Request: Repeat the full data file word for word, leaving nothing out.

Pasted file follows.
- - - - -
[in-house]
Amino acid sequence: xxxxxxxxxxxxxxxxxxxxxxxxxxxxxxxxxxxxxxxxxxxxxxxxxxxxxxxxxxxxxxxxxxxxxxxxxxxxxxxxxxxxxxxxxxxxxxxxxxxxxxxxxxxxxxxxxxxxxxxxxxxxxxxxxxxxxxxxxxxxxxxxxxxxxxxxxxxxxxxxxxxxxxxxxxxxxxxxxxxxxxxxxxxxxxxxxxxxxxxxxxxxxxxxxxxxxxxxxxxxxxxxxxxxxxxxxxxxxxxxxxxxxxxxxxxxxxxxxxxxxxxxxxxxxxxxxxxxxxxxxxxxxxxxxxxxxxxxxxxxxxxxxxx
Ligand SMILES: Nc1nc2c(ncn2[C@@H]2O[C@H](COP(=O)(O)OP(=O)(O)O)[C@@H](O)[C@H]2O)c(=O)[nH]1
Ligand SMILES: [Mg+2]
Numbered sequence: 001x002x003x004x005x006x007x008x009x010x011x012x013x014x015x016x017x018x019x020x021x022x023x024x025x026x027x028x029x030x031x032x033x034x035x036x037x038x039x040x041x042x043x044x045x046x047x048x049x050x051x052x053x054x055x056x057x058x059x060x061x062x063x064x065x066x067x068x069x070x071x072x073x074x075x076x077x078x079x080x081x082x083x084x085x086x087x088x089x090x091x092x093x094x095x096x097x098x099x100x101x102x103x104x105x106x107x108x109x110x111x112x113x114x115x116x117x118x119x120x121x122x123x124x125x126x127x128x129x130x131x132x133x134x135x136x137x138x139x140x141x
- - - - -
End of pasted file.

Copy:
[in-house]
Amino acid sequence: xxxxxxxxxxxxxxxxxxxxxxxxxxxxxxxxxxxxxxxxxxxxxxxxxxxxxxxxxxxxxxxxxxxxxxxxxxxxxxxxxxxxxxxxxxxxxxxxxxxxxxxxxxxxxxxxxxxxxxxxxxxxxxxxxxxxxxxxxxxxxxxxxxxxxxxxxxxxxxxxxxxxxxxxxxxxxxxxxxxxxxxxxxxxxxxxxxxxxxxxxxxxxxxxxxxxxxxxxxxxxxxxxxxxxxxxxxxxxxxxxxxxxxxxxxxxxxxxxxxxxxxxxxxxxxxxxxxxxxxxxxxxxxxxxxxxxxxxxxxxxxxxxxx
Ligand SMILES: Nc1nc2c(ncn2[C@@H]2O[C@H](COP(=O)(O)OP(=O)(O)O)[C@@H](O)[C@H]2O)c(=O)[nH]1
Ligand SMILES: [Mg+2]
Numbered sequence: 001x002x003x004x005x006x007x008x009x010x011x012x013x014x015x016x017x018x019x020x021x022x023x024x025x026x027x028x029x030x031x032x033x034x035x036x037x038x039x040x041x042x043x044x045x046x047x048x049x050x051x052x053x054x055x056x057x058x059x060x061x062x063x064x065x066x067x068x069x070x071x072x073x074x075x076x077x078x079x080x081x082x083x084x085x086x087x088x089x090x091x092x093x094x095x096x097x098x099x100x101x102x103x104x105x106x107x108x109x110x111x112x113x114x115x116x117x118x119x120x121x122x123x124x125x126x127x128x129x130x131x132x133x134x135x136x137x138x139x140x141x